With rising pressure from the public, the Trump administration claims that it has now shifted the policy to family detention. To be clear, family detention is still incarceration and extremely harmful to immigrant families. Detention of immigrants are the fastest-growing segment of the U.S. prison system. The incarceration of immigrant youth and families is antithetical to the movement for criminal justice reform.
“Three score years and ten is the allotted time for individual men; but nations number their years by thousands. According to this fact, you are, even now, only in the beginning of your national career, still lingering in the period of childhood. I repeat, I am glad this is so. There is hope in the thought, and hope is much needed, under the dark clouds which lower above the horizon. The eye of the reformer is met with angry flashes, portending disastrous times; but his heart may well beat lighter at the thought that America is young, and that she is still in the impressible stage of her existence. May he not hope that high lessons of wisdom, of justice and of truth, will yet give direction to her destiny?”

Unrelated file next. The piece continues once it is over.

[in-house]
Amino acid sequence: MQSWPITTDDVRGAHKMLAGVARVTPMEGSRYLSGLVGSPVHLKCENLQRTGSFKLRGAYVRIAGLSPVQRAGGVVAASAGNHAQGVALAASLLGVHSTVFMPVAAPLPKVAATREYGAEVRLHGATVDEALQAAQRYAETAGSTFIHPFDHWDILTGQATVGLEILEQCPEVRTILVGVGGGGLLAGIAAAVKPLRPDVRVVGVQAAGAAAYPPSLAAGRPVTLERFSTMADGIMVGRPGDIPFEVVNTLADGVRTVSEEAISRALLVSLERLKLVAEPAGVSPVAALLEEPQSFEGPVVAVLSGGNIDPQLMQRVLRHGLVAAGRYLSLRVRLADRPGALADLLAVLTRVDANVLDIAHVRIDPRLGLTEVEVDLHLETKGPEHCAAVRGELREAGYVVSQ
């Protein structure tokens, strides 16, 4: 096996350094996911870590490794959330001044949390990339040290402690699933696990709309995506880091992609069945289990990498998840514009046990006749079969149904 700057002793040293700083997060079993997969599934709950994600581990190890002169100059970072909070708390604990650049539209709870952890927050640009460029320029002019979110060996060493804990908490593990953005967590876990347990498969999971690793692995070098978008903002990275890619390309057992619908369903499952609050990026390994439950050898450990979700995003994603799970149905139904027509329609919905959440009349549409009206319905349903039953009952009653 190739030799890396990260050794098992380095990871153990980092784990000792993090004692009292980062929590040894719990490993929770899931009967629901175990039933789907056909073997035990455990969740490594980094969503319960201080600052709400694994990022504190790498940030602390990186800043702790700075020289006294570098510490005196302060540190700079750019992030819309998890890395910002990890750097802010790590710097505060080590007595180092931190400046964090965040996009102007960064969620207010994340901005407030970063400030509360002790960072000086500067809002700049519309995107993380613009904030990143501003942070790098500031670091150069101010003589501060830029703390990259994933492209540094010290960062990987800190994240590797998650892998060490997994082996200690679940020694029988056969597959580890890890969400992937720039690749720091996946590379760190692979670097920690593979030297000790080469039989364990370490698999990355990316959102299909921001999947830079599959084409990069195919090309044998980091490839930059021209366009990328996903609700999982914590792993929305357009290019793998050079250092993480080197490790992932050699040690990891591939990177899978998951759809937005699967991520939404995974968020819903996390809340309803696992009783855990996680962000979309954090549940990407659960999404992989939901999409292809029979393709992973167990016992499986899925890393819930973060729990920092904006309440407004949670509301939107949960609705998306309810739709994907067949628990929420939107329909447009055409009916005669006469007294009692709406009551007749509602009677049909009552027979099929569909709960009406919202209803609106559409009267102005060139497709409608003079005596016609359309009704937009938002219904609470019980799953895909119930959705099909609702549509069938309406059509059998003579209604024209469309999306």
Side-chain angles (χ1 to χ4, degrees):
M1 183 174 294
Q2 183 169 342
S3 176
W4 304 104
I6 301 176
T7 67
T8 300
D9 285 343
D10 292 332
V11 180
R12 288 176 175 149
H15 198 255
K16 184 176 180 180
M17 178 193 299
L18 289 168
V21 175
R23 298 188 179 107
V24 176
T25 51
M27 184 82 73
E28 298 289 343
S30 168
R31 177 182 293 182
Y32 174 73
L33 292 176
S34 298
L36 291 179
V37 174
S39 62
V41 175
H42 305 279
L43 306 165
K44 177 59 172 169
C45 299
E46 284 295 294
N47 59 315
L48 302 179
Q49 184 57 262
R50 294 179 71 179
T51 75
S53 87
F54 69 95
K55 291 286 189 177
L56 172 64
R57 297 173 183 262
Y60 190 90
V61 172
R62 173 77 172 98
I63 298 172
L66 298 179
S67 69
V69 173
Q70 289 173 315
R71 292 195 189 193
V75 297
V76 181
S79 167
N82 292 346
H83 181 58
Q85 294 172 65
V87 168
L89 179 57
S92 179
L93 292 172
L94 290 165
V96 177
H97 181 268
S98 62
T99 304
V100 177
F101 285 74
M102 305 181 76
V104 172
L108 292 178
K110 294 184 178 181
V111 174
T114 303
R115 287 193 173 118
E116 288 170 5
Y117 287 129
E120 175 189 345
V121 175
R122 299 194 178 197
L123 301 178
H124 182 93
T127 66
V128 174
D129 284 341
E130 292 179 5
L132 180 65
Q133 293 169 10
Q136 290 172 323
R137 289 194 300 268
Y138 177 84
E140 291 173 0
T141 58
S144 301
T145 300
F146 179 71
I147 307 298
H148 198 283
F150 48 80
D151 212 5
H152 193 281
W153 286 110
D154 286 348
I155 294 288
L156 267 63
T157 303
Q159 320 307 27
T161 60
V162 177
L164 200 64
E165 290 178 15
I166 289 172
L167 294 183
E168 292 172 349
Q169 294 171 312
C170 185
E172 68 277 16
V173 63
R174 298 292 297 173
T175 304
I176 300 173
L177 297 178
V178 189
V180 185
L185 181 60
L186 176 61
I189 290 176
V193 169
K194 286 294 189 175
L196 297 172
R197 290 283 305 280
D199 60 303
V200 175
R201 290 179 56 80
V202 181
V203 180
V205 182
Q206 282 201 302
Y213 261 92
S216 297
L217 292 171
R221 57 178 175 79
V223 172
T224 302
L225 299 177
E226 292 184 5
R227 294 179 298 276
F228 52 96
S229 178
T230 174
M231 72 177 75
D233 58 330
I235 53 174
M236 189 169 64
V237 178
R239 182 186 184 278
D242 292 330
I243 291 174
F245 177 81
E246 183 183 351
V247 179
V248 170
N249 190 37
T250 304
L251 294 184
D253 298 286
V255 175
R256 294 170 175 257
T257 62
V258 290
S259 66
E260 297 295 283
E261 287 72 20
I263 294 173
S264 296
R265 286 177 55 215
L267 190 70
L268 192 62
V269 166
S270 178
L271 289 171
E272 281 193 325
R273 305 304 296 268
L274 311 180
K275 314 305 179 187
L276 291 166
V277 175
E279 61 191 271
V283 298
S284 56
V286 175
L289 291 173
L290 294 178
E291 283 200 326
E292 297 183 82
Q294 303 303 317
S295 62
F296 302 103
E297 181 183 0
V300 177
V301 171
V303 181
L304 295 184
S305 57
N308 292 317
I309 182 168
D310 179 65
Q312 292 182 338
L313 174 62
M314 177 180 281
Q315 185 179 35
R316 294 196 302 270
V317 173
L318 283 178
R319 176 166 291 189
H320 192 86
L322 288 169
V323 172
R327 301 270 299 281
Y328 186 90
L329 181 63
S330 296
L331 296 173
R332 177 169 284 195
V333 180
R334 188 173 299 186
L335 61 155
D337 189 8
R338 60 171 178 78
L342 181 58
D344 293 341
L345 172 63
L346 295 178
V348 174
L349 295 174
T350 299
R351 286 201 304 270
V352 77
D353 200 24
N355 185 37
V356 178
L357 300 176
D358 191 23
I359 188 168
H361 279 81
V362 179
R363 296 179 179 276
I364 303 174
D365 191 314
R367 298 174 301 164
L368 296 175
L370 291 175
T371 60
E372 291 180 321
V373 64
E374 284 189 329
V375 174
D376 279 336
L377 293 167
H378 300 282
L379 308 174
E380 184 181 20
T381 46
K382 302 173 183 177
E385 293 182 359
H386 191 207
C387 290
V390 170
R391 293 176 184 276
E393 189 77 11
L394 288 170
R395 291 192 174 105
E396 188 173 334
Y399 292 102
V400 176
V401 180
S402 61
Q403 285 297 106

America is still young. By no means are we a perfect country. We have yet to fully atone for government-sanctioned policies that permitted the displacement and genocide of indigenous peoples, slavery, Jim Crow, the relocation and incarceration of Japanese Americans, the deportation of millions of immigrants and the mass disenfranchisement of communities of color.
Nevertheless, we continue to evolve. Let us all be reminded of the thousands of families — men, women and youth — who are separated and incarcerated, whether they be along the U.S.-Mexico border, in detention centers or in prisons and jails across the nation. Let us also be courageous youth advocates and leaders — vocalize our disgust, protect and support young people and their families in our programs and communities, and join those who continue to push for justice and insist on an America that believes in words and deeds that people do not belong in cages. For information on how you can help, please visit https://www.familiesbelongtogether.org.
Kisha Bird is director of youth policy at the Center for Law and Social Policy and project director for the Campaign for Youth, a national coalition chaired by CLASP. Focusing on local and federal policy solutions, she works to expand access to education, employment and support services for low-income and opportunity youth, with a focus on young men and women of color.